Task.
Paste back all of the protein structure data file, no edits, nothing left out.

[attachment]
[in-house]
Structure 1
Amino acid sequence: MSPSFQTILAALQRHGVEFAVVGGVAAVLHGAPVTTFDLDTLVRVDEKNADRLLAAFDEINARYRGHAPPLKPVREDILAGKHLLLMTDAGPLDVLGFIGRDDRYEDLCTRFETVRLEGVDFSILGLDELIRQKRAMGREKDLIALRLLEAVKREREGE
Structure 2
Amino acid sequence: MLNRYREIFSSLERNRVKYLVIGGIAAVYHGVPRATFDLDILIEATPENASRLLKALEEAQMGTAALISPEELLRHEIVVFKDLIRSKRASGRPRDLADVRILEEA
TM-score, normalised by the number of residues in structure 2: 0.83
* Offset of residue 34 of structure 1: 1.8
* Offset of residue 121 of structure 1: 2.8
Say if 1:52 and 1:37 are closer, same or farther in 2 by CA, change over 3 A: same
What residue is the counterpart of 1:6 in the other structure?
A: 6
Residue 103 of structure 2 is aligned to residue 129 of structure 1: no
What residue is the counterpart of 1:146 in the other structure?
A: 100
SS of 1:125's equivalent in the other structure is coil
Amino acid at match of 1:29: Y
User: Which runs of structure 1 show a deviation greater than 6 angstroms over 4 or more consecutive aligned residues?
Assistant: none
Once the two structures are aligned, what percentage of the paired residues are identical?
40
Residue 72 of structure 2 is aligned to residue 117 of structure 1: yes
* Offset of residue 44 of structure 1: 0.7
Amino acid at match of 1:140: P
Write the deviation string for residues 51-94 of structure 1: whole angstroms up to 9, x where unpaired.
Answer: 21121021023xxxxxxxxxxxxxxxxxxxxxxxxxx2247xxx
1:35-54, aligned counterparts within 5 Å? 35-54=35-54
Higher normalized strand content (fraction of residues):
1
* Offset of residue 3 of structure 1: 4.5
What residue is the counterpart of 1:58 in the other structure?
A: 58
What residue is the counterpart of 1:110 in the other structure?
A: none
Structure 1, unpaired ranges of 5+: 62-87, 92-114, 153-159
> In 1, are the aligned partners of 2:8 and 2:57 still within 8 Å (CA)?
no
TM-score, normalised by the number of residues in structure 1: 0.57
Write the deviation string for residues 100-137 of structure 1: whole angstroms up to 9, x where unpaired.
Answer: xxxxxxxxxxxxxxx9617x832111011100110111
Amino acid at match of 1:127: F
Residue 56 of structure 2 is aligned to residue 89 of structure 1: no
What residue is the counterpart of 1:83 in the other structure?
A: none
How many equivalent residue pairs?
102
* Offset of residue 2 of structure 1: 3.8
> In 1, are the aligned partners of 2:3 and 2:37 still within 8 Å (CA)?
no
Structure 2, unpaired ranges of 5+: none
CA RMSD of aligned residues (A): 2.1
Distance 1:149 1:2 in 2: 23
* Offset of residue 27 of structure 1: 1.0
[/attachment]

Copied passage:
[in-house]
Structure 1
Amino acid sequence: MSPSFQTILAALQRHGVEFAVVGGVAAVLHGAPVTTFDLDTLVRVDEKNADRLLAAFDEINARYRGHAPPLKPVREDILAGKHLLLMTDAGPLDVLGFIGRDDRYEDLCTRFETVRLEGVDFSILGLDELIRQKRAMGREKDLIALRLLEAVKREREGE
Structure 2
Amino acid sequence: MLNRYREIFSSLERNRVKYLVIGGIAAVYHGVPRATFDLDILIEATPENASRLLKALEEAQMGTAALISPEELLRHEIVVFKDLIRSKRASGRPRDLADVRILEEA
TM-score, normalised by the number of residues in structure 2: 0.83
* Offset of residue 34 of structure 1: 1.8
* Offset of residue 121 of structure 1: 2.8
Say if 1:52 and 1:37 are closer, same or farther in 2 by CA, change over 3 A: same
What residue is the counterpart of 1:6 in the other structure?
A: 6
Residue 103 of structure 2 is aligned to residue 129 of structure 1: no
What residue is the counterpart of 1:146 in the other structure?
A: 100
SS of 1:125's equivalent in the other structure is coil
Amino acid at match of 1:29: Y
User: Which runs of structure 1 show a deviation greater than 6 angstroms over 4 or more consecutive aligned residues?
Assistant: none
Once the two structures are aligned, what percentage of the paired residues are identical?
40
Residue 72 of structure 2 is aligned to residue 117 of structure 1: yes
* Offset of residue 44 of structure 1: 0.7
Amino acid at match of 1:140: P
Write the deviation string for residues 51-94 of structure 1: whole angstroms up to 9, x where unpaired.
Answer: 21121021023xxxxxxxxxxxxxxxxxxxxxxxxxx2247xxx
1:35-54, aligned counterparts within 5 Å? 35-54=35-54
Higher normalized strand content (fraction of residues):
1
* Offset of residue 3 of structure 1: 4.5
What residue is the counterpart of 1:58 in the other structure?
A: 58
What residue is the counterpart of 1:110 in the other structure?
A: none
Structure 1, unpaired ranges of 5+: 62-87, 92-114, 153-159
> In 1, are the aligned partners of 2:8 and 2:57 still within 8 Å (CA)?
no
TM-score, normalised by the number of residues in structure 1: 0.57
Write the deviation string for residues 100-137 of structure 1: whole angstroms up to 9, x where unpaired.
Answer: xxxxxxxxxxxxxxx9617x832111011100110111
Amino acid at match of 1:127: F
Residue 56 of structure 2 is aligned to residue 89 of structure 1: no
What residue is the counterpart of 1:83 in the other structure?
A: none
How many equivalent residue pairs?
102
* Offset of residue 2 of structure 1: 3.8
> In 1, are the aligned partners of 2:3 and 2:37 still within 8 Å (CA)?
no
Structure 2, unpaired ranges of 5+: none
CA RMSD of aligned residues (A): 2.1
Distance 1:149 1:2 in 2: 23
* Offset of residue 27 of structure 1: 1.0